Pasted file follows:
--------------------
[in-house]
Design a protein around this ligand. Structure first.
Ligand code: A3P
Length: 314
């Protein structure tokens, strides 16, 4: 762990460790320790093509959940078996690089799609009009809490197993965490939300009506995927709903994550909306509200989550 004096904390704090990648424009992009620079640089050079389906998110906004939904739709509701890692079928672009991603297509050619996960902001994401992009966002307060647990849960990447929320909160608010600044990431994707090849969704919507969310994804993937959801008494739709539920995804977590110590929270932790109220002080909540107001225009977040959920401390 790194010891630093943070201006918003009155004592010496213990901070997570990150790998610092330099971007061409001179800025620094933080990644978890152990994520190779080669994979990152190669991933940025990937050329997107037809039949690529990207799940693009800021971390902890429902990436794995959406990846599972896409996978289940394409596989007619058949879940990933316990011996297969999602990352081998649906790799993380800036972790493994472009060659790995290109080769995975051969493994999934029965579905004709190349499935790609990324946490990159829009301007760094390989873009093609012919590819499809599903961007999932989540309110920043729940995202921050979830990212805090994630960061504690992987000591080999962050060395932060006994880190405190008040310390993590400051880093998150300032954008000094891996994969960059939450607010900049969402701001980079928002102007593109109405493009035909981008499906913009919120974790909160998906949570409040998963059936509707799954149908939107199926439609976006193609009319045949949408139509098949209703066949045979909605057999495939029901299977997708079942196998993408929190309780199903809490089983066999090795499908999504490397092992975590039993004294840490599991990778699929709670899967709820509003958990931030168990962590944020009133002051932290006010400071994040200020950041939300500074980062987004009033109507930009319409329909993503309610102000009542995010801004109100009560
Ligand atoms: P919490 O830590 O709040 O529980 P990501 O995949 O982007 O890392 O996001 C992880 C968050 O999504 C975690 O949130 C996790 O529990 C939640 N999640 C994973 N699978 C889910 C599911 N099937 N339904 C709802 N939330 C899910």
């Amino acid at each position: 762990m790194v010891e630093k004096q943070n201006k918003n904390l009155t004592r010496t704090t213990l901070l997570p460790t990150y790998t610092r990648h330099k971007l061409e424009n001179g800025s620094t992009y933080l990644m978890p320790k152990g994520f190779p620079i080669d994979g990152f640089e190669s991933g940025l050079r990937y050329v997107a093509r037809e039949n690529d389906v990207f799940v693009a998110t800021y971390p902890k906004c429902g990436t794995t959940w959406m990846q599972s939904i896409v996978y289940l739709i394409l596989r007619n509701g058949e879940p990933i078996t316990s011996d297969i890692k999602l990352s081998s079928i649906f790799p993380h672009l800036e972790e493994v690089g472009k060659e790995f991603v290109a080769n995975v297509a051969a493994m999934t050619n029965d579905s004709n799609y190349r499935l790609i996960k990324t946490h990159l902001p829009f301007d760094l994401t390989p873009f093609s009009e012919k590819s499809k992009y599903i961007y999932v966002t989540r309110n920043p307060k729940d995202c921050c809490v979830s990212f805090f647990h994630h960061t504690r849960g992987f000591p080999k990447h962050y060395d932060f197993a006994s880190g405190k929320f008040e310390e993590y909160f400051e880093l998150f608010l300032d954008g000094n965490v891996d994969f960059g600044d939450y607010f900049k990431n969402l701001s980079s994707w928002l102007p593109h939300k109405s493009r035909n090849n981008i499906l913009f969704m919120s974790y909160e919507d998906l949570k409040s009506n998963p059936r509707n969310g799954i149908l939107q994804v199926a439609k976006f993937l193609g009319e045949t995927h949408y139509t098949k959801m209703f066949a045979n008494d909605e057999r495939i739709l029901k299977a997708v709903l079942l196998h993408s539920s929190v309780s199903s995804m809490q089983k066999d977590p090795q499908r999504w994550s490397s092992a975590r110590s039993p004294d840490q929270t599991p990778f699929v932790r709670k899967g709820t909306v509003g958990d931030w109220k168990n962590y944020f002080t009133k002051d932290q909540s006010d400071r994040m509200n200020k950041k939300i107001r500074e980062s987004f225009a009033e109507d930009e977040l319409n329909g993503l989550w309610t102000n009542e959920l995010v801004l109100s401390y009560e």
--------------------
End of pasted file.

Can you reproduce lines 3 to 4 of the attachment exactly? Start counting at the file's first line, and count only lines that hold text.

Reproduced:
Ligand code: A3P
Length: 314